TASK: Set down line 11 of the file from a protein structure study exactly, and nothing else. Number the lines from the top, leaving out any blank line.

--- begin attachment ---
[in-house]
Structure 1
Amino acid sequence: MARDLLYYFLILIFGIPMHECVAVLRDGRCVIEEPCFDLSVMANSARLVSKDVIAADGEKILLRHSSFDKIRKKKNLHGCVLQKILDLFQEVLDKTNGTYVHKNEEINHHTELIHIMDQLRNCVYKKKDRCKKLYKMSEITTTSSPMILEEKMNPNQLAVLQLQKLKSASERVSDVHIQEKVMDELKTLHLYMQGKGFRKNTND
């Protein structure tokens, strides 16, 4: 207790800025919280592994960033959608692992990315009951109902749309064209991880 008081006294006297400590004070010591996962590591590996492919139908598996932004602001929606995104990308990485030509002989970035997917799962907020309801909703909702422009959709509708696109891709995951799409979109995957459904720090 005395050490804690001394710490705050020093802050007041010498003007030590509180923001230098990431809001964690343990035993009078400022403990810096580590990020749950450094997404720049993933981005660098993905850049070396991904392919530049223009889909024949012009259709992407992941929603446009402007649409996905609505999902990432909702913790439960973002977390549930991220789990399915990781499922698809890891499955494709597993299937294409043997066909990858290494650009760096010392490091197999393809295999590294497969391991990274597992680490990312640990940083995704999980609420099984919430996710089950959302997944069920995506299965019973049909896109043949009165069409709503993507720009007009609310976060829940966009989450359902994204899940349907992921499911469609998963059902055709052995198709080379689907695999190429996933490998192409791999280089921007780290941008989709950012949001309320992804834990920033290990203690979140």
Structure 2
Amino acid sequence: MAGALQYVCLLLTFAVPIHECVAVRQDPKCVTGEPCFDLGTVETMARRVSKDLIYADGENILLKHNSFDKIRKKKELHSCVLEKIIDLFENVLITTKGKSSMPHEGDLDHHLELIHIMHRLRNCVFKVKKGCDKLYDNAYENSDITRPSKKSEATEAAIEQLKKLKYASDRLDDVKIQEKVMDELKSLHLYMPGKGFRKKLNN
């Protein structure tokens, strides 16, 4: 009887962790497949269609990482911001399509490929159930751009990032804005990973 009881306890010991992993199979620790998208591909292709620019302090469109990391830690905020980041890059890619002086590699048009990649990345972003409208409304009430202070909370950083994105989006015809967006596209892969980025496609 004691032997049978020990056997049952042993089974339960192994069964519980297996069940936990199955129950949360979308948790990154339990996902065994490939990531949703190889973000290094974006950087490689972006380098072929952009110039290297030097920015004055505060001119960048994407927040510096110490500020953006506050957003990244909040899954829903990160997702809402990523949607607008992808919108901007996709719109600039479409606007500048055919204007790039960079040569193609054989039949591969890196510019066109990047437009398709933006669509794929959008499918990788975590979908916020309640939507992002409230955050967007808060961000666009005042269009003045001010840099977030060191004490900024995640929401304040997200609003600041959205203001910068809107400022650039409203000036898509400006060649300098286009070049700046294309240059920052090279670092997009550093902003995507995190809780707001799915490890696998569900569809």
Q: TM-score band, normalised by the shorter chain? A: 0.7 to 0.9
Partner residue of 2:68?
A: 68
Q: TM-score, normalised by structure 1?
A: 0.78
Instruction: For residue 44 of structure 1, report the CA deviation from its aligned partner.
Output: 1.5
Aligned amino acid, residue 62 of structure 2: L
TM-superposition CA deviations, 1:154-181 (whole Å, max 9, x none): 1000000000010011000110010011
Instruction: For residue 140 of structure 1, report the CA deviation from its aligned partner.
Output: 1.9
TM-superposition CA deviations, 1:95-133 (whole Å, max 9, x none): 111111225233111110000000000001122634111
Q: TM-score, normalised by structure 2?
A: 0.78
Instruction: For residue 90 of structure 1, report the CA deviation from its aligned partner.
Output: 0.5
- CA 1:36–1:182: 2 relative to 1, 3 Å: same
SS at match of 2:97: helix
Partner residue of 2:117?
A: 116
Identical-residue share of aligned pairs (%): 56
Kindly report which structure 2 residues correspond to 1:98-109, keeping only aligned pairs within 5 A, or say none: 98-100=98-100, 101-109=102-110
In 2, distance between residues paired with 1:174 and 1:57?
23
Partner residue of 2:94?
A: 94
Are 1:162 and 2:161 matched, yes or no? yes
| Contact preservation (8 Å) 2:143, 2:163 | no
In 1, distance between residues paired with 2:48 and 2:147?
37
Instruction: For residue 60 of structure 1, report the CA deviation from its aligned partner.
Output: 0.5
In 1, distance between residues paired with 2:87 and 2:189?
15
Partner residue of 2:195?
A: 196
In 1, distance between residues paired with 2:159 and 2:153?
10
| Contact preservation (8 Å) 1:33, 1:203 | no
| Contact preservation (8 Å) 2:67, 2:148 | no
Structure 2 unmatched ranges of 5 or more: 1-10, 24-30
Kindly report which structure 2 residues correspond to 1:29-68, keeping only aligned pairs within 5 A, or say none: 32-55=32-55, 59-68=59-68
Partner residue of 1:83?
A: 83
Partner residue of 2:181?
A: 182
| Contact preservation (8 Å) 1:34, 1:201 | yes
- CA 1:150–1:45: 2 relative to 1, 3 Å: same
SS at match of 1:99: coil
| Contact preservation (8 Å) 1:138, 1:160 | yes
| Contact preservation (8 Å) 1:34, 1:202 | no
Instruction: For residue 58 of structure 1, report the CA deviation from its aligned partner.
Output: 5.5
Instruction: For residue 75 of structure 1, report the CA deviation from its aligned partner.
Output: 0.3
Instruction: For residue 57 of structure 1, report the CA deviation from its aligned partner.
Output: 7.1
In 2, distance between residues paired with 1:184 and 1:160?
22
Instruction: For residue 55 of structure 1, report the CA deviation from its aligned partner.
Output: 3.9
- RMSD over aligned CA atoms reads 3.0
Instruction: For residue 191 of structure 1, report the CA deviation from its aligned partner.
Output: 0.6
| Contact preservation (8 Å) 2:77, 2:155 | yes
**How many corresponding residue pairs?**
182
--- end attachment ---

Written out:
Q: TM-score, normalised by structure 1?